A cellular telephone or mobile device with several methods of touch, voice, and gesture based input is described. A user is able to interact with a touch screen display on the device to select one or more keys, expand keys, and customize legends or toolbars. A user may deliver spoken audio to the device and actuate a series of commands on the device including search on the device, search on the Internet, accessing an Internet resource, or downloading a document. A user may be able to execute one or more macros on the device. The device may further have a plurality of authentication methods based on the activities on the device. Authentication requests may be made for specific applications or the device. An authentication request may include identifying pictures taken on the device and engaging in activities with the photos.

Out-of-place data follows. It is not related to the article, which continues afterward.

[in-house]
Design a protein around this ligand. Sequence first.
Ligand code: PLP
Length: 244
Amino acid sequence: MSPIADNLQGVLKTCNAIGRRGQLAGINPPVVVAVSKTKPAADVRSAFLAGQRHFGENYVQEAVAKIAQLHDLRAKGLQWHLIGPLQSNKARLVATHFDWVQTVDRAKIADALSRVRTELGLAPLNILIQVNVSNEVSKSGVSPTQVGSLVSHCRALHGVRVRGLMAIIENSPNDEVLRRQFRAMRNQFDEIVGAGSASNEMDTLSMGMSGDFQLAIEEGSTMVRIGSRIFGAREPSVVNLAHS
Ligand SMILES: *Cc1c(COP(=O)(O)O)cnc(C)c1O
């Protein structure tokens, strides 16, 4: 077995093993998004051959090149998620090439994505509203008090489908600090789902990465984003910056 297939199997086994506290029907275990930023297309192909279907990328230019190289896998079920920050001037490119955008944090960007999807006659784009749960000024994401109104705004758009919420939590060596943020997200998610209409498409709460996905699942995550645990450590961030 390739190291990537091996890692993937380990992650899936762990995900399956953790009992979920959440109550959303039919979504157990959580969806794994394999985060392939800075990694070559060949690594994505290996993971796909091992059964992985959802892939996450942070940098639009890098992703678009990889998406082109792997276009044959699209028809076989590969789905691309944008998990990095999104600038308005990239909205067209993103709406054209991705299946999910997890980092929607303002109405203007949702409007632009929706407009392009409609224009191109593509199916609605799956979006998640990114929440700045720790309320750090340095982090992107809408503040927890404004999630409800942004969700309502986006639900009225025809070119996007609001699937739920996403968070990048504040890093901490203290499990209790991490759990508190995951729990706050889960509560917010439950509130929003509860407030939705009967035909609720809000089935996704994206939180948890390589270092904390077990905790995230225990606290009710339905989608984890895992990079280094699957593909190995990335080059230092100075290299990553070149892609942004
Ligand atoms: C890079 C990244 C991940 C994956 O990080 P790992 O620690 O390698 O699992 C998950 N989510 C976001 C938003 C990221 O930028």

Description

BACKGROUND OF THE INVENTION

The input and output (I/O) methods for electronic devices are limited and may be difficult to use on tablet computers, smartphones, cellular telephones and various mobile devices. Effective input and output methods are relevant for authentication, command, and control functions of the device. Keyboards, keypads, and other touch based input and output methods on a cellular telephone or mobile device (CT/MD) may be difficult to actuate due to the size of a key and the size of a person's finger or pen-based stylus. Entry on such a device may result in the incorrect key selected due to a misalignment between the user's finger or pen and the screen. The present disclosure relates to mobile devices including cellular telephones, smart phones, tablet computers, hybrid tablet and smart phones, wireless devices, or handheld computing devices. The devices may include a plurality of radios for wireless local area network and wide area network communication including WiFi, 802.11 (any variant), Bluetooth, NFC, or other communication means.